South Korea’s Leader Apologizes for Aide’s Misconduct in Washington
By CHOE SANG-HUN
SEOUL, South Korea — President Park Geun-hye of South Korea struggled on Monday to contain the biggest setback of her three months in office, offering her apology over a scandal in which her main spokesman was accused of sexual abuse and indecent exposure in a Washington hotel during her visit to Washington last week.
The spokesman, Yoon Chang-jung, was fired and returned home before the state visit ended on Friday. But the scandal completely overshadowed the visit. Korean newspapers covered the scandal in front-page headlines, and blogs brimmed with criticism over “national humiliation” while Ms. Park’s staff bickered with Mr. Yoon over the embarrassing details.
With the Washington police investigating the case, angry South Koreans called on their government to extradite Mr. Yoon to the United States, in the belief that he would face harsher punishment there than in South Korea.
“I am sorry that an unsavory incident, which a public servant should never be involved in, occurred near the end of my visit to the U.S. and greatly disappointed the people,” Ms. Park said at the beginning of her weekly meeting with senior secretaries.
The case caught fire partly because of mounting frustration in South Korea with the widespread tendency among men, especially those in positions of power, to trivialize the harassment of young women. Although government agencies and businesses have begun educating their employees about sexual misconduct, it is still common to hear of male bosses who grope young women while socializing after business hours and then later disclaim responsibility by saying they were drunk, an excuse no longer as accepted as it once was.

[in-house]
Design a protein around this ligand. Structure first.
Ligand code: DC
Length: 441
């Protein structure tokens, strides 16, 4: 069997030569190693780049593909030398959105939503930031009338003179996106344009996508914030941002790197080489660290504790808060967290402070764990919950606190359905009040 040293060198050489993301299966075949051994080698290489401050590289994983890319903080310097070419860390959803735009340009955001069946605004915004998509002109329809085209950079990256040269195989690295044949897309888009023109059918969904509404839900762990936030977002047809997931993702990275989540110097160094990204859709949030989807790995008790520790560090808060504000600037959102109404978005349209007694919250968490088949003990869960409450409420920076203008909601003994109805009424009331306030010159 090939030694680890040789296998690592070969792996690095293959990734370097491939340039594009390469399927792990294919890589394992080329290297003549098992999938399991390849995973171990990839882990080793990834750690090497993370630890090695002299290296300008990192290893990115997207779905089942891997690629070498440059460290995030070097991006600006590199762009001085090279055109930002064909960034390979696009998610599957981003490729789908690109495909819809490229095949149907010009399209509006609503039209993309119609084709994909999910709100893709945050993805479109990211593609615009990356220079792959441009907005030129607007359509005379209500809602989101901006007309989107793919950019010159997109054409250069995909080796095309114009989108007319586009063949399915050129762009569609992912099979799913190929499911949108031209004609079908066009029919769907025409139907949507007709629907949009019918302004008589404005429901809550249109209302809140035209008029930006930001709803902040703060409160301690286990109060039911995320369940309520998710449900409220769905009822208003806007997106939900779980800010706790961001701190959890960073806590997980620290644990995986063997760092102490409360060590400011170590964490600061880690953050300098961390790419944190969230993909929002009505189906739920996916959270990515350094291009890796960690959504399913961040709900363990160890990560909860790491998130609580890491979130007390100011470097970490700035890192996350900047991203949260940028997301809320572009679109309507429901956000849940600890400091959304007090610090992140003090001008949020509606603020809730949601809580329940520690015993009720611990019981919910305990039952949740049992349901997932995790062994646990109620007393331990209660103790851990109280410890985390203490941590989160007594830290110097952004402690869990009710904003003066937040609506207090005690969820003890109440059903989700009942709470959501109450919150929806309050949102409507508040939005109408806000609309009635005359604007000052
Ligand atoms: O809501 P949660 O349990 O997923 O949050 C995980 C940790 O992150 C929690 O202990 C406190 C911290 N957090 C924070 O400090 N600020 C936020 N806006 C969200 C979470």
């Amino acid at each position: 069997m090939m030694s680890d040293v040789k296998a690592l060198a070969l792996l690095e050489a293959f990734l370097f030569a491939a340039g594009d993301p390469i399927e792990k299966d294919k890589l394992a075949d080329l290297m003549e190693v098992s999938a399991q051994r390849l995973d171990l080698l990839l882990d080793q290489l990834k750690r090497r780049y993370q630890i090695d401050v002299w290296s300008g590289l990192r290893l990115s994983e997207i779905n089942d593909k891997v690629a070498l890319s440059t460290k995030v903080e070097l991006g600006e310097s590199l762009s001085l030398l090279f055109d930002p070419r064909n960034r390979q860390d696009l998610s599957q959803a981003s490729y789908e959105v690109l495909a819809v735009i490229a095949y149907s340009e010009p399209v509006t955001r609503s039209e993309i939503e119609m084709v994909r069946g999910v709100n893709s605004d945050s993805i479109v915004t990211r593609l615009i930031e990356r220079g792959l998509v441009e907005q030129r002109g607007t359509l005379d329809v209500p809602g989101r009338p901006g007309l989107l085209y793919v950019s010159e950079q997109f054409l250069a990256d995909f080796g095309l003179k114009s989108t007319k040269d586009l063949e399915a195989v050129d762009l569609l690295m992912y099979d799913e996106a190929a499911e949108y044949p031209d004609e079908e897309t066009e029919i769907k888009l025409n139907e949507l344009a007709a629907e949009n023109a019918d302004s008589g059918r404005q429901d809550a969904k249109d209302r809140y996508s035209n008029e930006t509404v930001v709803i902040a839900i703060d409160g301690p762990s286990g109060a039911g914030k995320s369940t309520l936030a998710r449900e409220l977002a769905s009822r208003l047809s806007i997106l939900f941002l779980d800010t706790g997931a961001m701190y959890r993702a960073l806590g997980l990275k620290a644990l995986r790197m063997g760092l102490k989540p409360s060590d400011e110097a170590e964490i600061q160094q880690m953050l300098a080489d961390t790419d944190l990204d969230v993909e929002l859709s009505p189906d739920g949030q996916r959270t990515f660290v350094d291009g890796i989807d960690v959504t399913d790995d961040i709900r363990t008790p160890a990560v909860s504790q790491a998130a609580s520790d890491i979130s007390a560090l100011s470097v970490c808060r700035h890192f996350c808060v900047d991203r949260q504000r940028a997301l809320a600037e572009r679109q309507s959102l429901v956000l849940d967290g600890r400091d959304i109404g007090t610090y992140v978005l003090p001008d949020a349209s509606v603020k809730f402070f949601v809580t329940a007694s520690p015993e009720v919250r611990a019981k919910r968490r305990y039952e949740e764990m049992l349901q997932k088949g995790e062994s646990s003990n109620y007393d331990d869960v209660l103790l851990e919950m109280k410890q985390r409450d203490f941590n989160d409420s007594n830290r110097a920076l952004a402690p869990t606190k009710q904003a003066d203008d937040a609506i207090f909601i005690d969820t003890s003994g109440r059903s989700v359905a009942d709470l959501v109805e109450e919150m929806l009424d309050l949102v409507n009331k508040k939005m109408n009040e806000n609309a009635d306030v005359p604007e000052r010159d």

Last month, a company affiliated with Posco, the country’s largest steel maker, was forced to fire an executive after Internet users bombarded its Web site with criticism stemming from a report that he had verbally abused a Korean Air flight attendant and struck her with a magazine.
The scandal surrounding Mr. Yoon also fed into a larger criticism leveled at Ms. Park’s administration — that she is appointing people with questionable ethical standards for important posts in her administration and staff. At least half a dozen of her appointees have already been forced to quit amid charges of tax evasion and other misdeeds. Opposition politicians, and even conservative newspapers that are generally supportive of her, have faulted Ms. Park for failing to heed the criticism.
Mr. Yoon was accused of mistreating a young Korean-American intern at the South Korean Embassy in Washington who was serving as his guide. In a Washington police report, the victim said Mr. Yoon had grabbed her buttocks without her permission. Ms. Park's office said Mr. Yoon's "indecent acts damaged the national prestige," but it did not give details. Mr. Yoon has denied behaving inappropriately.
Lee Nam-ki, Ms. Park’s chief press secretary and Mr. Yoon’s immediate supervisor, offered his resignation as well, and apologized on Friday for Mr. Yoon’s behavior, both to the South Korean people and to Ms. Park. Critics were dissatisfied, saying the president should be apologizing herself, and not receiving apologies. Her chief of staff, Huh Tae-yeol, offered a new apology on Sunday, this time addressed to the South Korean people and Korean expatriates.
The presidential office had previously apologized for the appointments of problematic people in the government, but until Monday, Ms. Park had not apologized personally. “I hope this will serve as an opportunity for all public officials to reflect on their attitudes and have greater control over their own attitudes,” she said.
Ms. Park, the country’s first female president, has cited sexual violence as one of “the four biggest evils” in the country. But she did not mention sexual harassment in her statement on Monday, an omission that also drew criticism.
“We have seen recurring cases of sexual violence involving politicians and high-ranking public servants, but the government has treated them as individual responsibilities and neglected in proper punishment and preventive measures,” the Korean Women’s Association United said in a statement. “Through this shameful case, we showed our society’s bare face to the world.”
(To read original article, visit this New York Times link)